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Strange properties of the tequila plant studied by Mexican student


Tequila is the national drink of Mexico and is also hugely popular worldwide. Now a Mexican student has come to England to study the unusual properties of tequila plants.

Postgraduate student Ivan Saldana Oyarzabal, from Guadalajara, which is 50km from the town of Tequila, is studying Agave tequilana and its unusual behaviour at the University of Sussex.

“These agave plants grow in extreme environments and they have a very particular behaviour,” says Ivan. “They are important plants economically and culturally, but their molecular biology has not been investigated that much in the past.”

Past research has mainly concentrated on the agave plants’ chemical and industrial properties, for example how to produce alcohol from them and how to use the waste products from tequila production.

Unlike 90% of all other plants, Agave tequilana closes its pores in the heat of the day to reduce water loss and opens them at night to take in the carbon dioxide it needs. This is known as Crassulacean Acid Metabolism (CAM) – an evolutionary adaptation to hot and dry regions where water conservation is vital.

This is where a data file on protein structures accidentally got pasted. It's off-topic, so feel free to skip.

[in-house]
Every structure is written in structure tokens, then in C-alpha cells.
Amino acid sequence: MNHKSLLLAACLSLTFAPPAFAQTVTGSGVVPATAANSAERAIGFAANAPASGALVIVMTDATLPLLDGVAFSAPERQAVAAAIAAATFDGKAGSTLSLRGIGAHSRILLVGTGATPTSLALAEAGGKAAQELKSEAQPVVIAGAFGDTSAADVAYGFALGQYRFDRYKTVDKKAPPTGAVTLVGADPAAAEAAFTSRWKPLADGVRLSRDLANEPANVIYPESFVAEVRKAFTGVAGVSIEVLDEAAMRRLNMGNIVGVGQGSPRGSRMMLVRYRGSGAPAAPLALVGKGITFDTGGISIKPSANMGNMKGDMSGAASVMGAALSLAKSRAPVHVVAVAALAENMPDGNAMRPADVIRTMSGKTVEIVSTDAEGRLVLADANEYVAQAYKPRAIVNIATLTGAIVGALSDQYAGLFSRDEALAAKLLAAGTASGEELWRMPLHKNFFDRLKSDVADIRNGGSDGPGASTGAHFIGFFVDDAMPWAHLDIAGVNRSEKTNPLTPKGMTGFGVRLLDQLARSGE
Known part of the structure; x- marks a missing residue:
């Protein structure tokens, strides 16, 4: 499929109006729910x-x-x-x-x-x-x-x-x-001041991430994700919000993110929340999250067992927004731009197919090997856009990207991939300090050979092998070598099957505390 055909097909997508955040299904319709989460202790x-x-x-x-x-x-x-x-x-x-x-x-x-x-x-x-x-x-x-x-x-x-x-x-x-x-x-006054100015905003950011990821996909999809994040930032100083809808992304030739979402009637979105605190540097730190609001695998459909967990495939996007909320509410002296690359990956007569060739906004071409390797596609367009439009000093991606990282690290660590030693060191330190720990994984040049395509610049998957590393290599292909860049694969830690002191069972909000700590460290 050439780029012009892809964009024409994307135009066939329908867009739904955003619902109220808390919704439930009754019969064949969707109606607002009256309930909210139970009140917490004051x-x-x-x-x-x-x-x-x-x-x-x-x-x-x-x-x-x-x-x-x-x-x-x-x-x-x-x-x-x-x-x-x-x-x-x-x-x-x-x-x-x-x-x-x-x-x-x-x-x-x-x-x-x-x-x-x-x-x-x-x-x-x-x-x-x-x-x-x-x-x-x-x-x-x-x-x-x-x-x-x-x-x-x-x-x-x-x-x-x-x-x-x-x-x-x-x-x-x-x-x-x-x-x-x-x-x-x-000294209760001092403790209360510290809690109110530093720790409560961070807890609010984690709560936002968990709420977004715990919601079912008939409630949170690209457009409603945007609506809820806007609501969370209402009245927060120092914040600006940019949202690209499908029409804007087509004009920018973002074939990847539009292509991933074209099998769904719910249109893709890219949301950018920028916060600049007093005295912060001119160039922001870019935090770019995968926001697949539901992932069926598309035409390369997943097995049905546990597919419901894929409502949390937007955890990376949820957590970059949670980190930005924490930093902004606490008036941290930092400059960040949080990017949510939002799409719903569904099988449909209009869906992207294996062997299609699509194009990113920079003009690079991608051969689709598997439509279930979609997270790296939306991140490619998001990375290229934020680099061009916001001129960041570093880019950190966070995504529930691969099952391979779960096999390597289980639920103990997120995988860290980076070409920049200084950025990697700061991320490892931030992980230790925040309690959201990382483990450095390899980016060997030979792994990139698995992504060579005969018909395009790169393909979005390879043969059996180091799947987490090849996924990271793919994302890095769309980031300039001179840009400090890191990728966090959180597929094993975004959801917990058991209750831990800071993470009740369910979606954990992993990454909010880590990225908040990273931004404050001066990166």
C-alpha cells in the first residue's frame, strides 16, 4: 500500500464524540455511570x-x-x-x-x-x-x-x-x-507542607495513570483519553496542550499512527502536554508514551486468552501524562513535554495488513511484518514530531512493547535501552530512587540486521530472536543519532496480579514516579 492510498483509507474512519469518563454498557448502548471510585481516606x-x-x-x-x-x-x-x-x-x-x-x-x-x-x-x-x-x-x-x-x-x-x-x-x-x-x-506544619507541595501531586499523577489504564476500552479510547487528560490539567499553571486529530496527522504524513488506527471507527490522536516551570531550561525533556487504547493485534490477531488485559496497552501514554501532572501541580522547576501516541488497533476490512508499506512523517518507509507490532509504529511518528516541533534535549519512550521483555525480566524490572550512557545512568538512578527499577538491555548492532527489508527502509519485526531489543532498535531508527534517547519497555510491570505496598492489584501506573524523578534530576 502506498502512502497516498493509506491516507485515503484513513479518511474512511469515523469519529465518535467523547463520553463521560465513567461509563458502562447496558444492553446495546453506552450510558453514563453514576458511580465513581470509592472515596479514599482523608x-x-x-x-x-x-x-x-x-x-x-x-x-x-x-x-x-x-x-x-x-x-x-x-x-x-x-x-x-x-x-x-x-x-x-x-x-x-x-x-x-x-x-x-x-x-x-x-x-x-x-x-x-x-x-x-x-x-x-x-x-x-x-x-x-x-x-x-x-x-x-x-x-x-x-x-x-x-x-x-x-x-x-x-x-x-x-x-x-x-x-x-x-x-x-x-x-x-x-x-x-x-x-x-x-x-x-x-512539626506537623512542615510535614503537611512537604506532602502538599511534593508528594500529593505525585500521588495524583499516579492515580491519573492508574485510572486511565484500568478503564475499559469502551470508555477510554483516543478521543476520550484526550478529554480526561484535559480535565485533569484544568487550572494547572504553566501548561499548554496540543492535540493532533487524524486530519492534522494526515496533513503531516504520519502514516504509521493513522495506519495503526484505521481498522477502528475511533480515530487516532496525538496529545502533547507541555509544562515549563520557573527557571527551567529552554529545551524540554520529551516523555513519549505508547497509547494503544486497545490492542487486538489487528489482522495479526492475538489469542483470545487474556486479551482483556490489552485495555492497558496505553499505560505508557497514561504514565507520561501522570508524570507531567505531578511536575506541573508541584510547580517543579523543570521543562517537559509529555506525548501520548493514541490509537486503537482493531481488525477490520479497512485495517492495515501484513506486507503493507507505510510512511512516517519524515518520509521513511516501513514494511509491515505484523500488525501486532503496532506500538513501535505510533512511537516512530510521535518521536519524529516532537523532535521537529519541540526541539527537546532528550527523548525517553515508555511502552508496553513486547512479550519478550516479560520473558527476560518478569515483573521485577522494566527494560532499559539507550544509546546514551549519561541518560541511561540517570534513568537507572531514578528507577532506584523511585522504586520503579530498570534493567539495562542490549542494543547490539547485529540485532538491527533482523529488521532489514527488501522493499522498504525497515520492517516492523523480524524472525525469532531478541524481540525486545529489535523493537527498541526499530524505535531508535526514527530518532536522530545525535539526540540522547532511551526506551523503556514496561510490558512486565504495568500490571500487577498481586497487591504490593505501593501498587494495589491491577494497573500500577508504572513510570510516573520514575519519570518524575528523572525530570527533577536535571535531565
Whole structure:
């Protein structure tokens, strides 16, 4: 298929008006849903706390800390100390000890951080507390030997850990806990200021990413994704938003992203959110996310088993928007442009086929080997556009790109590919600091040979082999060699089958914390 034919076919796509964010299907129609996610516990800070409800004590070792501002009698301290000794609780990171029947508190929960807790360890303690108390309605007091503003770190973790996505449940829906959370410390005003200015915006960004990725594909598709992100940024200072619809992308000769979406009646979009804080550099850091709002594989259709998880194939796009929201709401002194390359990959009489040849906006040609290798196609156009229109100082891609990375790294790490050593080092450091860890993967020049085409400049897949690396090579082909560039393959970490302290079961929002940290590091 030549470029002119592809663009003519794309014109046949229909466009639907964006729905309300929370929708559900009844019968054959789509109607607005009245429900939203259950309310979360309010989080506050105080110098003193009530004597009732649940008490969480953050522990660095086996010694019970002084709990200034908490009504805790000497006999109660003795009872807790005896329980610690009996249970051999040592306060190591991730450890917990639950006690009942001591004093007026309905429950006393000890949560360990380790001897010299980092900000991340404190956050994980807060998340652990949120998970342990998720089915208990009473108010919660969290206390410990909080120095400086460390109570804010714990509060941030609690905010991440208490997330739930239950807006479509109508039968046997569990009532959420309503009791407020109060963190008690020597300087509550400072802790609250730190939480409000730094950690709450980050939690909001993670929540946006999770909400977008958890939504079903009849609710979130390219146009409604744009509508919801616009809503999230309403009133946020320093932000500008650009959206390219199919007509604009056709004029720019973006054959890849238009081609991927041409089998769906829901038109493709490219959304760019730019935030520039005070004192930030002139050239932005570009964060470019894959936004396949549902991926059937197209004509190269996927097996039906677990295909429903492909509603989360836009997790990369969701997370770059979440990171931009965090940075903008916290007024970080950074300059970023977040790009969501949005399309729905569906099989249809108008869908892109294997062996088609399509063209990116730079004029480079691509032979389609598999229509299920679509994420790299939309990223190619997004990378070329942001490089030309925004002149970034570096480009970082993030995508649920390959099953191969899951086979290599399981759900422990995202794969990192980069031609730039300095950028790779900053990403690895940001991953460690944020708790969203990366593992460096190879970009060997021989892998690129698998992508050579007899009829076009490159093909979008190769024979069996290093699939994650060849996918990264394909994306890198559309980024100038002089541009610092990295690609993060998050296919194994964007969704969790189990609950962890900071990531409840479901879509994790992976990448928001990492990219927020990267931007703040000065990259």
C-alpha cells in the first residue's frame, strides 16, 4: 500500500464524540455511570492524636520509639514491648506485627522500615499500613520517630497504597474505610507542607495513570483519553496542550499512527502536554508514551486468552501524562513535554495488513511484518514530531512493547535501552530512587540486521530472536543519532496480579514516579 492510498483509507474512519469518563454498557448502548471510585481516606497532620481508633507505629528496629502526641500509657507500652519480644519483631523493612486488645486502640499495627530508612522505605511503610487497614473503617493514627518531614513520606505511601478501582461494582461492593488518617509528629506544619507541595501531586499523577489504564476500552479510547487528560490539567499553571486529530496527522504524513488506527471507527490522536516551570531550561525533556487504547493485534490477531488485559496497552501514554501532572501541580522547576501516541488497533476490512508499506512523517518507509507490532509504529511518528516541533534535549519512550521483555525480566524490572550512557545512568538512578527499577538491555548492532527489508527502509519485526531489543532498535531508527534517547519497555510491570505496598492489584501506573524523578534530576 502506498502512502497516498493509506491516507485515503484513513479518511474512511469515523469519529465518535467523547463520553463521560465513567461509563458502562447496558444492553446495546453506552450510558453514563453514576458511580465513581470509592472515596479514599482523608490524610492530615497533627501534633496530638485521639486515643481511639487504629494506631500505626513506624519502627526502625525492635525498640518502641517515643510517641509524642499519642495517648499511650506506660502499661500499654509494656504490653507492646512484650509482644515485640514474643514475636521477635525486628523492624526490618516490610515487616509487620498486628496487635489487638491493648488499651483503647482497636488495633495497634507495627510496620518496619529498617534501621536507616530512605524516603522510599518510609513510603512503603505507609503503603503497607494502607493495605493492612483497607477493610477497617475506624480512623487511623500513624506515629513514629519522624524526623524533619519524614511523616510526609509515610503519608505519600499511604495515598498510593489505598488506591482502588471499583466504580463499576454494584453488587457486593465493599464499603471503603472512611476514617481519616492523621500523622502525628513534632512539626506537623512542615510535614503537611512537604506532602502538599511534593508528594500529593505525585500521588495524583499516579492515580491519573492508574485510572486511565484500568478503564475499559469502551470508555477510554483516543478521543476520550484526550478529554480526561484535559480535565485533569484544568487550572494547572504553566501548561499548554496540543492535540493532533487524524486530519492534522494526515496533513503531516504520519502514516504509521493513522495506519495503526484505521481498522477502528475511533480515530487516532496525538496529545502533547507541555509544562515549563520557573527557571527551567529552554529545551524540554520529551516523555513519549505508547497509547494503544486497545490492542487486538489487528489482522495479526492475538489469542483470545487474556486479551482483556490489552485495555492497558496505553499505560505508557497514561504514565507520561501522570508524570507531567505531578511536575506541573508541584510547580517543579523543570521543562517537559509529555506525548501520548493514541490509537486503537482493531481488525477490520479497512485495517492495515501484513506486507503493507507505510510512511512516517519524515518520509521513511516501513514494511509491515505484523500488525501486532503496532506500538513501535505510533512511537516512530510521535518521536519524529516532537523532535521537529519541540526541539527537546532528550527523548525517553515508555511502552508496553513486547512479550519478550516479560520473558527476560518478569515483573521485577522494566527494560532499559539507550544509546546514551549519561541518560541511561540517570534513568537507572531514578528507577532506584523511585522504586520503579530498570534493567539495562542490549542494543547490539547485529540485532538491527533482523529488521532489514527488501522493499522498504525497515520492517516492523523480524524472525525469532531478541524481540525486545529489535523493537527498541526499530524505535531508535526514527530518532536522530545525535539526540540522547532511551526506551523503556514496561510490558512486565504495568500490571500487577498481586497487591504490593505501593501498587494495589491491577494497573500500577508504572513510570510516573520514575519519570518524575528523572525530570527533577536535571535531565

The Toltex Indians discovered tequila as a drink more than 200 years ago. Agave plants thrive in Mexico where conditions such as altitude and climate are perfect for their growth. It takes the agave plant 8 to 10 years to mature and be ready for harvesting and distilling.

“Almost all agave plants are clones because they are never allowed to develop seeds. This makes them vulnerable to parasites and diseases,” says Ivan. “Normally they never flower as the maximum amount of sugar in the plants is just before they flower.”

Eighteen agave plants have been shipped over from Mexico for this project. Ivan’s research is funded by the Consejo Nacional de Ciencia y Tecnología (the Mexican Council for Science and Technology).

Peter Simmons | alfa
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